Practical Taxonomies: Stop Searching - Start Finding

My office mates, Dave Goessling and Raphael Lasar, are giving the presentation, "Creating and implementing an effective taxonomy" at ARK Group's taxonomy seminar at Le Parker Meridien in New York, NY on 18-20 November 2002. A PDF for the "Practical Taxonomies" seminar is available for the rest of the program from ARK's conferences page. Other speakers include Amy Warner and knowledge managers from various financial institutions, government agencies, and other large corporations.

Ranganathan

Is it me, or does anyone else find it interesting that everyone's so interested in Ranganathan lately. Seen in the news aggregator in the last few weeks:

  • Ranganathan for IA's -- Facet analysis is the term that everyone's dying to use. But, the basic idea of facets can be groked in about 2 minutes.
  • Peter V pointed to Fred Liese's article, "Using Faceted Classification to Assist Indexing", which is one of the best introductions to facet analysis and its practical approach in indexing that I've seen next to Louise Spiteri's articles. Liese compares enumerative to facet-based classification, defines facets in simple terms and provides very practical tips for developing your facets and using them in indexing.
  • Prolegomena to Library Classification -- It's more interesting that people are reading this sort of material. I wasn't surprised to find that Peter was reading it. He appears to be making his way through a lot of classification literature. I wonder how people might apply what they learn from examining Ranganathan's ideas around colon classification. I think the general idea here has to do with the flexibility of classification using his system rather than using a rigid system like the Dewey Decimal system. Also I think the concepts behind his system can better be used for post-coordination of classes.
A Taxonomy Primer

I came across Amy Warner's article "A Taxonomy Primer" on her consulting site. Should be a helpful primer for people being introduced to the concepts associated with using thesauri.

Scent of a webpage

I found Jared Spool's 9/18/2002 presentation "Scent of a Web Page (PDF accesible only to NYC-CHI members)" to be very useful, even without the context of his speaking notes. There are some great suggestions about how to layout and describe page objects to ensure good scent. Also some interesting conclusions that good layout and good scent support findability better than pogosticking and search.

Lazyweb idea: Yahoo! Groups as RSS

I'm procrastinating because I'm supposed to be preparing a Power Point presentation.

Here's an idea -- call it my lazyweb idea 2, idea 1 was for a blogdex of IA blogs -- why doesn't Yahoo! produce RSS feeds for their Yahoo! Groups? That way I could aggregate new feeds from certain groups without having to get emails from them. It's not a killer, but I live off of my news aggregator and I'm starting to hate email lately.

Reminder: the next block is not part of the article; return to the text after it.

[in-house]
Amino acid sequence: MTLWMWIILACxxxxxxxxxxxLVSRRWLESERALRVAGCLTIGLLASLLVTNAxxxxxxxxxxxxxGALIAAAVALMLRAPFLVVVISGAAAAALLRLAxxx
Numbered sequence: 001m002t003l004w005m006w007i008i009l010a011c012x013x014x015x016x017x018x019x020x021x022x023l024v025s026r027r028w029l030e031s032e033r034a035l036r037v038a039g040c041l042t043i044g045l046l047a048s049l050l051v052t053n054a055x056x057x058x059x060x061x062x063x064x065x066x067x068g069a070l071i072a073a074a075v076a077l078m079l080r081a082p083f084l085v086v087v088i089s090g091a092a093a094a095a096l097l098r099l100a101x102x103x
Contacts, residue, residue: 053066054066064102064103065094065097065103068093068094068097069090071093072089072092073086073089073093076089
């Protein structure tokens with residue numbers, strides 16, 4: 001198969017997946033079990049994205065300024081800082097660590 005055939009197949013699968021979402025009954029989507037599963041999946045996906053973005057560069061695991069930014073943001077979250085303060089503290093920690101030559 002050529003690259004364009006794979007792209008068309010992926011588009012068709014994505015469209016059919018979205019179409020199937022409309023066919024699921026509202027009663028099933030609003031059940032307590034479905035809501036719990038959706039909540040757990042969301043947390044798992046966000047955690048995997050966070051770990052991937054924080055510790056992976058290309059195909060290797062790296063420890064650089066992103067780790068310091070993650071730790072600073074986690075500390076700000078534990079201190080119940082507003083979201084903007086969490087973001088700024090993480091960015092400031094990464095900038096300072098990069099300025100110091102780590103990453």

You know, come to think of it, I know it's possible to set up an email address that Radio Userland can use for posting to a Radio blog. Maybe there's even such a method on Drupal. Maybe I'll try that one day. That way I can put all of my email list mail into a news aggregator rather than have to go to my mail client to read it. Hmmm. Anyone do anything like this yet?

3d music ZUI

Braunarts' 3d music (requires Shockwave plugin) is an interteractive performance that blends music and a zoomable interface to create a 3 dimensional environment in which people explore the musical compositions. Interesting, but somehow, I feel uncomfortable in 3d or ZUI web environments like this. It's funny, because I used to play video games that rendered space in 2d and 3d and felt comfortable enough in those spaces, knowing that there was a goal to arrive at -- destroying the Death Star or getting around that pylon to shoot a tank down -- but exploring 3d spaces with ZUI's on the web just seems so slow and boring to me. Somehow something gets lost for me in the translation of the experience from the gaming world.

Catalogablog

Catalogablog is David Bigwood's weblog. I presume he's a cataloger since he's talking about MARC fields. He's also discusses metadata more generally for you non LIS types.

Alertbox: Making Flash Usable for Users With Disabilities

NN/G report summary on making Flash usable with MX.

    Flash designs are easier for users with disabilities to use when designers combine visual and textual presentations, minimize incessant movement, decrease spacing between related objects, and simplify features.
Story telling in web design

Victor and Joshua are both talking about story telling as a method for communicating possible actions or paths when interacting with web sites. Victor mentioned an IBM seminar he attended about story telling. Haven't done much reading in this area and would cetainly like to learn more if I can find the most salient literature. I did find Curt Cloninger's A List Apart article, a Case for Story Telling to be interesting as well. Cloninger makes the case for considering the narrative possibilities when designing for the web as a communications medium. He's right, web sites are often not just databases and the design should consider aspects of human experiences with sites not merely as transactional database interactions as such. I like Victor's process of mapping actions or attributes of the narrative to interactions with the site. Interesting. More obvious I guess is the development of the characters, plot, setting, etc. and flowing that into elements of design process -- personas/characters, scenarios.